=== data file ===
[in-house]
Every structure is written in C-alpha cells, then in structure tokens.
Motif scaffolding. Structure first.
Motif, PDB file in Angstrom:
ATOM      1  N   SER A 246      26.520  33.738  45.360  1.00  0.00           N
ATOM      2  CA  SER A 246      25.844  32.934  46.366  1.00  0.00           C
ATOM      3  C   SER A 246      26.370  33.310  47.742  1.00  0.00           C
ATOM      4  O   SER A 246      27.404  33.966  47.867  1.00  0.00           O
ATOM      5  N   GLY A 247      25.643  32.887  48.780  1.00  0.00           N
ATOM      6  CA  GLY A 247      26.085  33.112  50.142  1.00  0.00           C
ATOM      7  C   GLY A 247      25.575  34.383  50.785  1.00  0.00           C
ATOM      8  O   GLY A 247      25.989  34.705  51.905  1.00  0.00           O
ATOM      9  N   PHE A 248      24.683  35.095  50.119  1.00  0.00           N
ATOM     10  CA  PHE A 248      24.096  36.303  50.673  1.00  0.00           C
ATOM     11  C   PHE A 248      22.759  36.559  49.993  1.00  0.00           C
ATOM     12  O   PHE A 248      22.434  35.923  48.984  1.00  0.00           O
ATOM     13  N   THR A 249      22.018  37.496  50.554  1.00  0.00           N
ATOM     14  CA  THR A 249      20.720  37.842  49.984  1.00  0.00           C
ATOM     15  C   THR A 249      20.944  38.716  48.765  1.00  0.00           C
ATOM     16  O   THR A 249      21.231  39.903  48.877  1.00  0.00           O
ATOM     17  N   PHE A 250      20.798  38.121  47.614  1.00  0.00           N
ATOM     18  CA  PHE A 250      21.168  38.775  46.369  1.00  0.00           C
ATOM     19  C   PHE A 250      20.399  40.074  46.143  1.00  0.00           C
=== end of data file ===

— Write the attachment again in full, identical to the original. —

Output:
[in-house]
Every structure is written in C-alpha cells, then in structure tokens.
Motif scaffolding. Structure first.
Motif, PDB file in Angstrom:
ATOM      1  N   SER A 246      26.520  33.738  45.360  1.00  0.00           N
ATOM      2  CA  SER A 246      25.844  32.934  46.366  1.00  0.00           C
ATOM      3  C   SER A 246      26.370  33.310  47.742  1.00  0.00           C
ATOM      4  O   SER A 246      27.404  33.966  47.867  1.00  0.00           O
ATOM      5  N   GLY A 247      25.643  32.887  48.780  1.00  0.00           N
ATOM      6  CA  GLY A 247      26.085  33.112  50.142  1.00  0.00           C
ATOM      7  C   GLY A 247      25.575  34.383  50.785  1.00  0.00           C
ATOM      8  O   GLY A 247      25.989  34.705  51.905  1.00  0.00           O
ATOM      9  N   PHE A 248      24.683  35.095  50.119  1.00  0.00           N
ATOM     10  CA  PHE A 248      24.096  36.303  50.673  1.00  0.00           C
ATOM     11  C   PHE A 248      22.759  36.559  49.993  1.00  0.00           C
ATOM     12  O   PHE A 248      22.434  35.923  48.984  1.00  0.00           O
ATOM     13  N   THR A 249      22.018  37.496  50.554  1.00  0.00           N
ATOM     14  CA  THR A 249      20.720  37.842  49.984  1.00  0.00           C
ATOM     15  C   THR A 249      20.944  38.716  48.765  1.00  0.00           C
ATOM     16  O   THR A 249      21.231  39.903  48.877  1.00  0.00           O
ATOM     17  N   PHE A 250      20.798  38.121  47.614  1.00  0.00           N
ATOM     18  CA  PHE A 250      21.168  38.775  46.369  1.00  0.00           C
ATOM     19  C   PHE A 250      20.399  40.074  46.143  1.00  0.00           C